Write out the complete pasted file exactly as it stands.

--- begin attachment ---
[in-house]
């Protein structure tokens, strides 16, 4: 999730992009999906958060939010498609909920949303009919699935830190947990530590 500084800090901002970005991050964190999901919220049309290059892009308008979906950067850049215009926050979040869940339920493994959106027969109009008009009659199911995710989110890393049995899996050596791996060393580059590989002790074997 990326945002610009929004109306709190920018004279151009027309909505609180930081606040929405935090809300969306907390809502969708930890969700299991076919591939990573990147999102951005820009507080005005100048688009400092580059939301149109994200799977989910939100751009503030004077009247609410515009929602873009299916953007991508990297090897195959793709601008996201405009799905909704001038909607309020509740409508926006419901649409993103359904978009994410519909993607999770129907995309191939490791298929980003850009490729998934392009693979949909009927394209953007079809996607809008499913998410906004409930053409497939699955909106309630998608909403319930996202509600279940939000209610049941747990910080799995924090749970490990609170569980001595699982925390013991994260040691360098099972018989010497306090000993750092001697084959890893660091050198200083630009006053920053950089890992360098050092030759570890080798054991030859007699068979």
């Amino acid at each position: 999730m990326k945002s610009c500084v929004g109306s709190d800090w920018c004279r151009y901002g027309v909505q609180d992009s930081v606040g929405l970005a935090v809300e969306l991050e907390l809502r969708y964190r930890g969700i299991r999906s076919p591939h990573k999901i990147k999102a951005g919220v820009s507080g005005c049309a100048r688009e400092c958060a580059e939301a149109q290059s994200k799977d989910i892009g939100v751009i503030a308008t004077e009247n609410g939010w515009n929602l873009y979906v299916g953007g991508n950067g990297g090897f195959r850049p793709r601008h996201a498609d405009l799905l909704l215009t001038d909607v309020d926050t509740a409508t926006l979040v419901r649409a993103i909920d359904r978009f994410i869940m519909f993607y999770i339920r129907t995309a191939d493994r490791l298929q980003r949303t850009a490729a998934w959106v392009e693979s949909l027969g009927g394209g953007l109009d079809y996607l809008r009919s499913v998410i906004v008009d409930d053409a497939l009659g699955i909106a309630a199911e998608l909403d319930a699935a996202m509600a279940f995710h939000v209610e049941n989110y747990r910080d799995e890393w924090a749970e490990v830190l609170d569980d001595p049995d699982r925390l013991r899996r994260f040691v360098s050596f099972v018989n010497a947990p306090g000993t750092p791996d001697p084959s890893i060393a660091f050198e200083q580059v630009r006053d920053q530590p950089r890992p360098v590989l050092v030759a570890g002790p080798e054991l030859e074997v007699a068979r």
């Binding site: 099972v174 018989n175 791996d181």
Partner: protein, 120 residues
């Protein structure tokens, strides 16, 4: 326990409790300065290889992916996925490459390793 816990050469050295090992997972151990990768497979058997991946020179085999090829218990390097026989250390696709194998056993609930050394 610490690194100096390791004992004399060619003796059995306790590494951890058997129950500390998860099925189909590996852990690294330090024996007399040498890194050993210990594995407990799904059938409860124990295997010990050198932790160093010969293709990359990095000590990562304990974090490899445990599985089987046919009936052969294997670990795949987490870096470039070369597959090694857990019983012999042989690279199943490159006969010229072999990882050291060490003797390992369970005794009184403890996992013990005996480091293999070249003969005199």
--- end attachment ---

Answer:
[in-house]
């Protein structure tokens, strides 16, 4: 999730992009999906958060939010498609909920949303009919699935830190947990530590 500084800090901002970005991050964190999901919220049309290059892009308008979906950067850049215009926050979040869940339920493994959106027969109009008009009659199911995710989110890393049995899996050596791996060393580059590989002790074997 990326945002610009929004109306709190920018004279151009027309909505609180930081606040929405935090809300969306907390809502969708930890969700299991076919591939990573990147999102951005820009507080005005100048688009400092580059939301149109994200799977989910939100751009503030004077009247609410515009929602873009299916953007991508990297090897195959793709601008996201405009799905909704001038909607309020509740409508926006419901649409993103359904978009994410519909993607999770129907995309191939490791298929980003850009490729998934392009693979949909009927394209953007079809996607809008499913998410906004409930053409497939699955909106309630998608909403319930996202509600279940939000209610049941747990910080799995924090749970490990609170569980001595699982925390013991994260040691360098099972018989010497306090000993750092001697084959890893660091050198200083630009006053920053950089890992360098050092030759570890080798054991030859007699068979």
């Amino acid at each position: 999730m990326k945002s610009c500084v929004g109306s709190d800090w920018c004279r151009y901002g027309v909505q609180d992009s930081v606040g929405l970005a935090v809300e969306l991050e907390l809502r969708y964190r930890g969700i299991r999906s076919p591939h990573k999901i990147k999102a951005g919220v820009s507080g005005c049309a100048r688009e400092c958060a580059e939301a149109q290059s994200k799977d989910i892009g939100v751009i503030a308008t004077e009247n609410g939010w515009n929602l873009y979906v299916g953007g991508n950067g990297g090897f195959r850049p793709r601008h996201a498609d405009l799905l909704l215009t001038d909607v309020d926050t509740a409508t926006l979040v419901r649409a993103i909920d359904r978009f994410i869940m519909f993607y999770i339920r129907t995309a191939d493994r490791l298929q980003r949303t850009a490729a998934w959106v392009e693979s949909l027969g009927g394209g953007l109009d079809y996607l809008r009919s499913v998410i906004v008009d409930d053409a497939l009659g699955i909106a309630a199911e998608l909403d319930a699935a996202m509600a279940f995710h939000v209610e049941n989110y747990r910080d799995e890393w924090a749970e490990v830190l609170d569980d001595p049995d699982r925390l013991r899996r994260f040691v360098s050596f099972v018989n010497a947990p306090g000993t750092p791996d001697p084959s890893i060393a660091f050198e200083q580059v630009r006053d920053q530590p950089r890992p360098v590989l050092v030759a570890g002790p080798e054991l030859e074997v007699a068979r």
């Binding site: 099972v174 018989n175 791996d181």
Partner: protein, 120 residues
């Protein structure tokens, strides 16, 4: 326990409790300065290889992916996925490459390793 816990050469050295090992997972151990990768497979058997991946020179085999090829218990390097026989250390696709194998056993609930050394 610490690194100096390791004992004399060619003796059995306790590494951890058997129950500390998860099925189909590996852990690294330090024996007399040498890194050993210990594995407990799904059938409860124990295997010990050198932790160093010969293709990359990095000590990562304990974090490899445990599985089987046919009936052969294997670990795949987490870096470039070369597959090694857990019983012999042989690279199943490159006969010229072999990882050291060490003797390992369970005794009184403890996992013990005996480091293999070249003969005199």